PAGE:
The Crestone Eagle • August, 2020
The La Garita Trading Post reopens
by David Lee
Crestonians and Baca-ites are well-acquainted with La Garita and the La Garita Caldera. The Caldera formed about 28 million years ago (the largest explosion ever documented) on the west side of the San Luis Valley. It gave rise to the spectacular rock formations of the area, including Penitente Canyon, Carnero Creek and the Cochetopa Hills. Penitente is known for its dirt bike trails and sheer rock climbing. The good gravel road up the Carnero watershed takes you over Carnero pass, and past the Great Springs on the way back to Saguache.
Settled for agriculture in the 1850s (and home to the Utes and other tribes for millenia), La Garita was the northern-most Roman Catholic Parish in the valley, and it had a post office from 1874-1972. The fine San Juan Church was originally built in 1879, and the present building replaces one burnt down in 1924. The La Garita Trading post was established by 1913, and the post office moved there soon after. Over that time, the Trading Post was a friendly stop for residents and visitors, known for its excellent hamburgers. Jerry and Bonnie Nusbaum owned it for many years, but Jerry shut it down after his wife passed away in 2018.
The news is that the Trading Post has been purchased by a family well known to Crestonians: Marlin and Alma Sauder and their nine children. The Sauders have been delivering high quality dairy products, beef and poultry, and fresh produce at the Kiosk since 2012, a couple of years after moving from Kentucky and purchasing their farm. The Sauder farm is five miles northeast of La Garita.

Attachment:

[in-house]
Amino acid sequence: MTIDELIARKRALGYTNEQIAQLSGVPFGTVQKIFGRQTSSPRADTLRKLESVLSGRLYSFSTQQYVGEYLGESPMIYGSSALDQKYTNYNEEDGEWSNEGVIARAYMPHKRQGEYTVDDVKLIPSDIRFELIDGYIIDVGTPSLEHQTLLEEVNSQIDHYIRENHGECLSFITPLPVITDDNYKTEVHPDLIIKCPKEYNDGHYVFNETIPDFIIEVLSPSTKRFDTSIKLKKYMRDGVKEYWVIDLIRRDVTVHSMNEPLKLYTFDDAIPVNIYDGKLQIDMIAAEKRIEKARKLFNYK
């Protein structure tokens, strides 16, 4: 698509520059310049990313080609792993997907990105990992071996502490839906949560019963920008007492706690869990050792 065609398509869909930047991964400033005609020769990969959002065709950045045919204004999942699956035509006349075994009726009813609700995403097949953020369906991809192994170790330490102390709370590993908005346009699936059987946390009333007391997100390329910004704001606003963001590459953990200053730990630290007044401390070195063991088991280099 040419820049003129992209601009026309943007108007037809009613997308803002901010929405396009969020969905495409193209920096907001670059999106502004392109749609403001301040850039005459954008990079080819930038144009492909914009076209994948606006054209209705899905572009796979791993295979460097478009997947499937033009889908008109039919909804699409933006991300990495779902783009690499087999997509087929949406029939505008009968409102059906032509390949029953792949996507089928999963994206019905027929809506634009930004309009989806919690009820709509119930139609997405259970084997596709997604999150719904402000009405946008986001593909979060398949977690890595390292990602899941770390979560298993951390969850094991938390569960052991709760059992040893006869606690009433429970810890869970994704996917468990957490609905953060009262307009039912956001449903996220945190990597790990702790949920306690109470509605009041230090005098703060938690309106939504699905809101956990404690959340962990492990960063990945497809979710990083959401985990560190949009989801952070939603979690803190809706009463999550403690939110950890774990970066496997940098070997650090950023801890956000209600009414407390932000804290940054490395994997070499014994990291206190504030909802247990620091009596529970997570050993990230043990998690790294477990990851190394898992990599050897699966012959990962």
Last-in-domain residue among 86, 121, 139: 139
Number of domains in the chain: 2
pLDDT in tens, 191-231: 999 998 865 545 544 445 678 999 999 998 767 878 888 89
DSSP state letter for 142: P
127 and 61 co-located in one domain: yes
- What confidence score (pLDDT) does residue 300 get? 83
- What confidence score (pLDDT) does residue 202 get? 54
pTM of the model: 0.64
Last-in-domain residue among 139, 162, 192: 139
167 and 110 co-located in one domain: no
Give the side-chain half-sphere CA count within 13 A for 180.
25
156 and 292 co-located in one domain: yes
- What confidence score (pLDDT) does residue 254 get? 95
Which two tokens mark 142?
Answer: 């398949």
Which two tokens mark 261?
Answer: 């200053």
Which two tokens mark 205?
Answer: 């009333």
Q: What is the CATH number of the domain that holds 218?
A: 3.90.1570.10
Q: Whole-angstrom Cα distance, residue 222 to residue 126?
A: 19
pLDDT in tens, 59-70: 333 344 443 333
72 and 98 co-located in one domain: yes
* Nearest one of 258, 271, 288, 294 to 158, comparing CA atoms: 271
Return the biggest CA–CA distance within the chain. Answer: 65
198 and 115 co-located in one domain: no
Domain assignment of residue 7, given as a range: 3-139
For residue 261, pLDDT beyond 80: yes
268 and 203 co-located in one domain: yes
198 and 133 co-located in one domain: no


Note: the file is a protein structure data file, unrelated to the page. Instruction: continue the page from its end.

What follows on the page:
Marlin and Alma saw the Trading Post as an outlet to sell their produce and a challenging business opportunity for their older daughters, Esther and Lizzie. They re-opened the premises in late May and are presently open Tuesday through Saturday. The Trading Post is both a restaurant (open for breakfast and lunch 6:30am until 2pm) and a retail store with drinks and snacks, open until 8pm on the same days. Breakfasts include a platter with eggs, bacon, sausage and home fries, and breakfast burritos and sandwiches. Lunches include sandwiches, panini, and burgers. The bread and buns for all offerings are baked on the premises, and they also sell home-baked pies and cookies.
They are off to a good start; half of their business is from local residents added by visitors to Penitente Canyon and other recreation sites in the area. The purchase included a hoop greenhouse behind the main building. They hope to add more self-grown produce from the greenhouse, and eventually more home-grown meats from the farm. In this time of social distancing, sit-down dining is available in a large adjacent dining room, as well as outside tables. This is an historic building, and their counter, with its windows displaying commodities for sale, suggests the store’s long service to the local community.